So sorry. At the last minute, Morris Projects, the distribution agent for most of the region's art houses, has decided to indulge in its own little version of, um, delayed gratification. Although their trailers have been playing local houses, they still refuse to close the deal on a booking anywhere in the region--even though Duke playwright Erin Cressida Wilson (author of such steamy stage fare as The Erotica Project and The Trail of Her Inner Thigh) did the screenplay. Though Carolina Theater's programming director Jim Carl professes confidence that the film will ultimately arrive, without a contract Secretary remains at best an October question-mark at this point.
Missing, Part Two: By now local Star Wars buffs know that 20th-Century Fox has announced a November IMAX release of Episode 2: Attack of the Clones. But don't prepare to jump to hyperspace just yet. The studio is only striking 70 prints--enough to cover a quarter of the nation's IMAX screens -- and at this point, we're not one of the favored few. Exploris spokesman Chris Schmidt told The Independent that their IMAX theater won't be among the first to screen the supersized Clones--but that museum officials are trying to procure a print.
Fall is usually the best time of year for new releases, as studios save their quality stuff for the awards season. But given the slimmer pickings this season promises thus far (as recorded in our Fall preview last week), the diverse and adventurous alternatives from our local screening societies will likely be more than usually welcome in the months ahead.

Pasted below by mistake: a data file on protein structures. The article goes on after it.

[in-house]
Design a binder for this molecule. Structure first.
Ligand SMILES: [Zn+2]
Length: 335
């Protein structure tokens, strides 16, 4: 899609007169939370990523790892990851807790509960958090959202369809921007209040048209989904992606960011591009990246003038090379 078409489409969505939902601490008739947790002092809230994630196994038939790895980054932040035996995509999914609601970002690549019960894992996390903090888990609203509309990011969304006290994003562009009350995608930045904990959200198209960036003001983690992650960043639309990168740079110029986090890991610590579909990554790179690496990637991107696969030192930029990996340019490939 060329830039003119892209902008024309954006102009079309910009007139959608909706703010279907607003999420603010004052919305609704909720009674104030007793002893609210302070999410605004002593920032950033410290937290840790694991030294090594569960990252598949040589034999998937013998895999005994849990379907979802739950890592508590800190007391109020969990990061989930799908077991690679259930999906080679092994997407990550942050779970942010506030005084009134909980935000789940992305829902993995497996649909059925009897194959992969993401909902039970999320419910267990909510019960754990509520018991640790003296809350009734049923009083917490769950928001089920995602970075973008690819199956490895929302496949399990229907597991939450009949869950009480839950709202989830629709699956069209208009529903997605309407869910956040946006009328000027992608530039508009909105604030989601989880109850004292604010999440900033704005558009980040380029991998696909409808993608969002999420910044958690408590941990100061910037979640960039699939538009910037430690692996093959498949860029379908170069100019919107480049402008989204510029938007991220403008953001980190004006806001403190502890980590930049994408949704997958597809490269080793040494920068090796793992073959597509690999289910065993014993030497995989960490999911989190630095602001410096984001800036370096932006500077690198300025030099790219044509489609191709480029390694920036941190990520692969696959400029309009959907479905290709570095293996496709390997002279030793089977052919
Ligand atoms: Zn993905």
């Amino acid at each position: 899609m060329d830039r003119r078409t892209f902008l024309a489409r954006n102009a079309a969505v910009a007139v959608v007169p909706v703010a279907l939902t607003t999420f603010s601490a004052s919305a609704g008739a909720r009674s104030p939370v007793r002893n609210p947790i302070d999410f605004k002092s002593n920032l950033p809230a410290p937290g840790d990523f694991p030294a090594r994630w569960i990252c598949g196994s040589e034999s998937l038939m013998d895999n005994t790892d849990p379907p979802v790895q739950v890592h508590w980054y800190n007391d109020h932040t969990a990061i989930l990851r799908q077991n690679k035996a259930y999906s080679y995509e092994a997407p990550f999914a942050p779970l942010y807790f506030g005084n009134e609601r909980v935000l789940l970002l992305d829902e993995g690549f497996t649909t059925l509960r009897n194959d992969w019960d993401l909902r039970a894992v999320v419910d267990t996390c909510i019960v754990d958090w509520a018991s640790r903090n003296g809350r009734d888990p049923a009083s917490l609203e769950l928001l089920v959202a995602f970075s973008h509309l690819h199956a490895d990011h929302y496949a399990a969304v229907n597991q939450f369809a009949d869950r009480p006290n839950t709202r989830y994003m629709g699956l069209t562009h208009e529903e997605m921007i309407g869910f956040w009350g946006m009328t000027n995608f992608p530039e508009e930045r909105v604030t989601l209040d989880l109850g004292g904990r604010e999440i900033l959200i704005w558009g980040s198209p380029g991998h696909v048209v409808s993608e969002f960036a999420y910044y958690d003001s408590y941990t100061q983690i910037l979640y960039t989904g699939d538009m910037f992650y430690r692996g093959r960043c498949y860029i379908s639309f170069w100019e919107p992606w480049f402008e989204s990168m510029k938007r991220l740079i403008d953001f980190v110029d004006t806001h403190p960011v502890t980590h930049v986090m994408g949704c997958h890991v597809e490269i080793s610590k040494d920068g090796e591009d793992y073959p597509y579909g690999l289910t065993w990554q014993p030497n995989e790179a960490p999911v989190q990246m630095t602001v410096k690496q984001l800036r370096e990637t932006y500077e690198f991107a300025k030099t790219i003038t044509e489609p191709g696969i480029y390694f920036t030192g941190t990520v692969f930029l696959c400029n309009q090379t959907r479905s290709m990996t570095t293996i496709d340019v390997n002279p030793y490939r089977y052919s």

Longtime shorts programs Glitter Films in Raleigh and Flicker in Carrboro will continue apace, and Skip Elsheimer's A/V Geeks will be surfacing in more venues than ever. Look for their shows this week and next at LUMP gallery and Kings Barcade in Raleigh, and the Center for Documentary Studies in Durham. For more info, consult
As usual, Freewater Films at Duke has the best rep schedule in the Triangle, mixing second-run art house hits from last year with thoughtfully selected classics. Friday nights are reserved for the recent hits, including In the Bedroom, Gosford Park and Y Tu Mama Tambien. But we'll also see several lesser-known flicks that deserve special recommendation. Donnie Darko makes its belated Triangle theatrical premiere Oct. 11. Written and directed by 25-year-old wünderkind Richard Kelly, this is a haunting, frequently cryptic film that packs a huge, devastating wallop. No Man's Land, is another must-see the following Friday: It won this year's Academy Award for Best Foreign Film, but had an all-too-brief run earlier this year. Sadly, this absurdist anti-war film also marks the last major appearance of one of its stars, Katrin Cartlidge. Earlier this month, this tough, late-blooming actress (Naked, Breaking the Waves, Topsy-Turvy) died suddenly at the age of 41.
Tuesdays at Freewater are given over to two separate programs. The first half of the season is devoted to the inimitable Boris Karloff. Films will include the frequently name-checked, rarely seen original Mummy and The Bride of Frankenstein. Some will be surprised to learn Karloff's characters occasionally appeared in the land of the living. We'll also see him in Howard Hawks' early gangster epic, Scarface, which screens Sept. 24. Later in the season, the Tuesday programs feature French New Wave chestnuts, although the relatively obscure debut of Claude Chabrol's Le Beau Serge is also on the slate.